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Smith Squad XL MTB goggles review

MTB-specific goggles with massive vents to reduce fogging

Our rating 
3.0 out of 5 star rating 3.0
GBP £90.00 RRP | USD $85.00 | EUR €100.00
Smith Squad XL MTB goggles

Our review

The open vents are a blessing and a serious flaw
Pros: Comfortable padding; stable over bumps; great optics
Cons: Vents let moisture drip down the inside of the lens; hard to change lenses
Skip to view product specifications

The Smith Squad XL MTB goggles have been designed specifically for mountain bike use thanks to their open ventilation ports, and are designed to work with Smith’s helmets, including its all-mountain Session.


Smith Squad XL MTB goggles details

The stock Everyday Red Mirror lens and spare clear lens are pre-curved to improve optics, while a ChromaPop anti-fog lens is also supplied and is claimed to increase contrast and natural colours while improving details. Spare lenses retail from £27.

The frame has open ventilation ports around its entire circumference. Normally the vents are covered by foam or mesh material, but the Smith’s are open. This is claimed to eliminate fog by increasing air flow.

Smith Squad XL MTB goggles
They’re designed around Smith’s own Session helmet.
Ian Linton / Immediate Media

The wide strap has a silicone band to help it grip to helmets, while the three-layer face foam is fleece backed to improve comfort and shaped around the nose.

The Squad XLs don’t have tear-off posts or roll-off compatibility.

Smith Squad XL MTB goggles performance

I found the face foam particularly comfortable against my skin, feeling soft even once it got wet and saturated with sweat.

Thanks to the soft, flexible padding, cut-out in the foam for the nose and the frame’s fairly flat shape, I found they didn’t restrict breathing or feel too tight or constrictive on my face. They didn’t bounce around or move when riding over rough terrain, either.

True to the XL moniker, they provided a great field of vision and didn’t encroach into my peripheral vision. The frame didn’t create any reflections or shadows on the lens, and thanks to the curved pre-shaping of the lens, the optics were great.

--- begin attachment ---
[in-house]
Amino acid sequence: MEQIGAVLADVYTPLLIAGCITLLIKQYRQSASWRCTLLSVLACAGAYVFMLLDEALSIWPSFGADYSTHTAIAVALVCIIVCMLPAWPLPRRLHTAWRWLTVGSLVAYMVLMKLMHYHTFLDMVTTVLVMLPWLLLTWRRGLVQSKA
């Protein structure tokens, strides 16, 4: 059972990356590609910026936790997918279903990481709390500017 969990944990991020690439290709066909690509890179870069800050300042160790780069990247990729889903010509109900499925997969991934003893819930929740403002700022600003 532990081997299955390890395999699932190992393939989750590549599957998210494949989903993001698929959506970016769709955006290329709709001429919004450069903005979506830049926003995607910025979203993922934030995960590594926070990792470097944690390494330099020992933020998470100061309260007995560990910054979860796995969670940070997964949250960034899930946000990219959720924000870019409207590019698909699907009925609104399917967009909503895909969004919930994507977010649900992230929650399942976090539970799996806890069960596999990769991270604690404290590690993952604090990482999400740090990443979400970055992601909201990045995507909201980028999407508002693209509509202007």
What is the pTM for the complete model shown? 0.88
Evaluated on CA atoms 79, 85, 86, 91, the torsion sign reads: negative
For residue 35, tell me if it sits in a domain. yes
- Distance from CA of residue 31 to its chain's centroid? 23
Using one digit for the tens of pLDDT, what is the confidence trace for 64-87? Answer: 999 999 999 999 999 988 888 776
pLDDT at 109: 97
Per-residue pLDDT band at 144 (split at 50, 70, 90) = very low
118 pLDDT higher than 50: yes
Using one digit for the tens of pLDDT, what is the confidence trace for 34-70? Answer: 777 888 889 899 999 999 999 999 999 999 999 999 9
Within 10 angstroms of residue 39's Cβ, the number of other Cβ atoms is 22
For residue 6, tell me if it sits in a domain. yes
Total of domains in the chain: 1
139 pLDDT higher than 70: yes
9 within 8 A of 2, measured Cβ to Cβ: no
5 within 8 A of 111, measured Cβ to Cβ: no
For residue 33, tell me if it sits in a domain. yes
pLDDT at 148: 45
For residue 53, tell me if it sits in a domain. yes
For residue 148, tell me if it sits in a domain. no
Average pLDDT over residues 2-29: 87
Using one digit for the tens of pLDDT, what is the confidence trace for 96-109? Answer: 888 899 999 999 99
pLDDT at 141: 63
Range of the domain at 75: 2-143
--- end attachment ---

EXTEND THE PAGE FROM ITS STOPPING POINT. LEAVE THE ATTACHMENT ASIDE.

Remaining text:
The clear lens, which I used when I was testing the goggles in the depths of winter, had a pink hue that helped improve contrast on the trail and made the limited number of colours in winter riding conditions pop.

The tinted ChromaPop Everyday Red lens also had a pink hue that increased the vividness of colours and contrast, however, because it also reduced light transmission in very dark woods, the clear lens was better. I used the ChromaPop lens in overcast conditions, but found it worked well on sunny days, too.

Front on view of the Smith Squad XL MTB goggles being worn by a mountain biker
The ventilation ports allowed moisture to drip down the inside of the lens.
Ian Linton / Immediate Media

The Squad XLs fitted well in my Giro Switchblade test lid but felt a little small in a Bell Full 9 full-face lid. They were comfortable in open face lids too, such as Troy Lee’s A1, and didn’t interfere with fit.

Venting was brilliant and even though they still steamed up slightly after not moving for several minutes, the fog wasn’t thick and didn’t turn into condensation. Once on the move they cleared pretty much instantly, too.

Unfortunately, the open design of the vents meant that sweat, water, condensation and rain dripping from the helmet and its pads got inside the goggles and, in extreme cases when water drips ran down the inside of the lens, totally obscured vision.

Once this had happened it wasn’t possible to continue riding until the lens was cleaned. Despite the open vents, no mud or debris flicked up through to my eyes.

The lens was also tricky to change, requiring care and plenty of manipulation of the frame. Fortunately, the frame is flexible, but the lens is rigid and the locating tabs are hook-shaped. This meant the frame needed stretching around the hooks to get the lens to seat correctly.

Smith Squad XL MTB goggles bottom line

It’s a shame the vents allowed moisture to drip downwards over the lens because the Squad XL MTB goggles were comfortable, light and looked good.


I’d recommend using them on hot summer days rather than rainy autumnal or winter missions because the amount of ventilation will be welcome.

How we tested

We pitted six pairs of goggles against each other in some of the toughest conditions to find out which one we think is worth your time and money.

Also tested

Product Specifications


Price EUR €100.00GBP £90.00USD $85.00
Weight 121g – as tested
Brand Smith optics


Features Features: Pre-curved lens, open ventilation
Included: Microfibre carry bag, spare clear lens
Lens: ChromaPop Everyday Red Mirror lens (with 25 per cent light transmission)

Available options
Frames: Sage/Red Rock, Get Wild, AC/Rocky Mountain Enduro, Black
Lens: ChromaPop Everyday Red Mirror lens (with 25 per cent light transmission), Clear Anti-Fog (84%), ChromaPop Everyday Green Mirror (23%), ChromaPop Sun Black (12%), ChromaPop Contrast Rose Flash (50%) - Prices vary depending on options